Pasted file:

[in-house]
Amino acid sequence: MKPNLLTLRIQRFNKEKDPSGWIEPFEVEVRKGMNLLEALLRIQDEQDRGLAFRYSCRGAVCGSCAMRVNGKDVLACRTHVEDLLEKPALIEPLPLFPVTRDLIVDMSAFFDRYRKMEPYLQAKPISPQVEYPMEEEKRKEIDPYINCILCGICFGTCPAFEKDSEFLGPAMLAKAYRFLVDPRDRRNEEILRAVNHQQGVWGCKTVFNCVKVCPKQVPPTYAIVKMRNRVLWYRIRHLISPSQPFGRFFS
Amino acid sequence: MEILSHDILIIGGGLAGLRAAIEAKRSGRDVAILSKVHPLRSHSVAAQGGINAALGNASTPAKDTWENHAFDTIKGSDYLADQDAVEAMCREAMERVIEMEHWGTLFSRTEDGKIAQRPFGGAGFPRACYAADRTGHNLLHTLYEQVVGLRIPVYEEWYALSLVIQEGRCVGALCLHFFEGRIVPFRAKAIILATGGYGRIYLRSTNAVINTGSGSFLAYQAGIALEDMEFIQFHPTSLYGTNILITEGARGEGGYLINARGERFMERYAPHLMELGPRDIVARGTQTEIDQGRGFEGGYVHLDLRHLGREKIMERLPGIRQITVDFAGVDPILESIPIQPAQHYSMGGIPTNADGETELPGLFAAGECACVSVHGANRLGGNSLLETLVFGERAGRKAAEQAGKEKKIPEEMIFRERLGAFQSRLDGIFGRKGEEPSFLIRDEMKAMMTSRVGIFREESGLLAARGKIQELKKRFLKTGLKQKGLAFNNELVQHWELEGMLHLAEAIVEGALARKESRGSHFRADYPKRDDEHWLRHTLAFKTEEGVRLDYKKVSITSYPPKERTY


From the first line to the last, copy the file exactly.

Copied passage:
[in-house]
Amino acid sequence: MKPNLLTLRIQRFNKEKDPSGWIEPFEVEVRKGMNLLEALLRIQDEQDRGLAFRYSCRGAVCGSCAMRVNGKDVLACRTHVEDLLEKPALIEPLPLFPVTRDLIVDMSAFFDRYRKMEPYLQAKPISPQVEYPMEEEKRKEIDPYINCILCGICFGTCPAFEKDSEFLGPAMLAKAYRFLVDPRDRRNEEILRAVNHQQGVWGCKTVFNCVKVCPKQVPPTYAIVKMRNRVLWYRIRHLISPSQPFGRFFS
Amino acid sequence: MEILSHDILIIGGGLAGLRAAIEAKRSGRDVAILSKVHPLRSHSVAAQGGINAALGNASTPAKDTWENHAFDTIKGSDYLADQDAVEAMCREAMERVIEMEHWGTLFSRTEDGKIAQRPFGGAGFPRACYAADRTGHNLLHTLYEQVVGLRIPVYEEWYALSLVIQEGRCVGALCLHFFEGRIVPFRAKAIILATGGYGRIYLRSTNAVINTGSGSFLAYQAGIALEDMEFIQFHPTSLYGTNILITEGARGEGGYLINARGERFMERYAPHLMELGPRDIVARGTQTEIDQGRGFEGGYVHLDLRHLGREKIMERLPGIRQITVDFAGVDPILESIPIQPAQHYSMGGIPTNADGETELPGLFAAGECACVSVHGANRLGGNSLLETLVFGERAGRKAAEQAGKEKKIPEEMIFRERLGAFQSRLDGIFGRKGEEPSFLIRDEMKAMMTSRVGIFREESGLLAARGKIQELKKRFLKTGLKQKGLAFNNELVQHWELEGMLHLAEAIVEGALARKESRGSHFRADYPKRDDEHWLRHTLAFKTEEGVRLDYKKVSITSYPPKERTY